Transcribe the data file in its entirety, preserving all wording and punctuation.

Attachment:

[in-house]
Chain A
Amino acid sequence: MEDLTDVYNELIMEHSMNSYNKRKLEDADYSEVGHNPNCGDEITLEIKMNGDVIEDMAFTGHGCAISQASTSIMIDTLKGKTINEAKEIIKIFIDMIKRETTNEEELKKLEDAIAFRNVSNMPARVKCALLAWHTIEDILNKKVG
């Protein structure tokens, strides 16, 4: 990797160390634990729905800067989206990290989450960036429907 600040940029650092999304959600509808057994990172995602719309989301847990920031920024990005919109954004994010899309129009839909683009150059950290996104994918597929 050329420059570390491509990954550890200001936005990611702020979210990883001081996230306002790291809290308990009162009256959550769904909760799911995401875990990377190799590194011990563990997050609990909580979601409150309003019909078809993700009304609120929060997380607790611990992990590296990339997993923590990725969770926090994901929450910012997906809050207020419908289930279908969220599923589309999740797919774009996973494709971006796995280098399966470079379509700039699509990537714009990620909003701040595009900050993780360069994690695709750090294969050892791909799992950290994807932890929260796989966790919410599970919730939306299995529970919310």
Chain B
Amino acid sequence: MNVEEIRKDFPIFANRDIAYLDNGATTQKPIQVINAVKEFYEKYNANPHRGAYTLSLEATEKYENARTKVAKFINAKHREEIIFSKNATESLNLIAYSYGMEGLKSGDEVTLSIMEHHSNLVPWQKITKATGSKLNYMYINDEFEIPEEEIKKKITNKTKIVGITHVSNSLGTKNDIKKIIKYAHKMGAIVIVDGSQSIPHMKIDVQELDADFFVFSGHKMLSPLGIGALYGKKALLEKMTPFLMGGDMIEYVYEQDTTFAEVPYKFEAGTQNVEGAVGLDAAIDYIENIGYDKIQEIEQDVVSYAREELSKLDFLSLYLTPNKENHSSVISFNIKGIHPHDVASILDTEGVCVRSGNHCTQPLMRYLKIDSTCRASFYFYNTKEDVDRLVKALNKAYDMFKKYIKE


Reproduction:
[in-house]
Chain A
Amino acid sequence: MEDLTDVYNELIMEHSMNSYNKRKLEDADYSEVGHNPNCGDEITLEIKMNGDVIEDMAFTGHGCAISQASTSIMIDTLKGKTINEAKEIIKIFIDMIKRETTNEEELKKLEDAIAFRNVSNMPARVKCALLAWHTIEDILNKKVG
């Protein structure tokens, strides 16, 4: 990797160390634990729905800067989206990290989450960036429907 600040940029650092999304959600509808057994990172995602719309989301847990920031920024990005919109954004994010899309129009839909683009150059950290996104994918597929 050329420059570390491509990954550890200001936005990611702020979210990883001081996230306002790291809290308990009162009256959550769904909760799911995401875990990377190799590194011990563990997050609990909580979601409150309003019909078809993700009304609120929060997380607790611990992990590296990339997993923590990725969770926090994901929450910012997906809050207020419908289930279908969220599923589309999740797919774009996973494709971006796995280098399966470079379509700039699509990537714009990620909003701040595009900050993780360069994690695709750090294969050892791909799992950290994807932890929260796989966790919410599970919730939306299995529970919310």
Chain B
Amino acid sequence: MNVEEIRKDFPIFANRDIAYLDNGATTQKPIQVINAVKEFYEKYNANPHRGAYTLSLEATEKYENARTKVAKFINAKHREEIIFSKNATESLNLIAYSYGMEGLKSGDEVTLSIMEHHSNLVPWQKITKATGSKLNYMYINDEFEIPEEEIKKKITNKTKIVGITHVSNSLGTKNDIKKIIKYAHKMGAIVIVDGSQSIPHMKIDVQELDADFFVFSGHKMLSPLGIGALYGKKALLEKMTPFLMGGDMIEYVYEQDTTFAEVPYKFEAGTQNVEGAVGLDAAIDYIENIGYDKIQEIEQDVVSYAREELSKLDFLSLYLTPNKENHSSVISFNIKGIHPHDVASILDTEGVCVRSGNHCTQPLMRYLKIDSTCRASFYFYNTKEDVDRLVKALNKAYDMFKKYIKE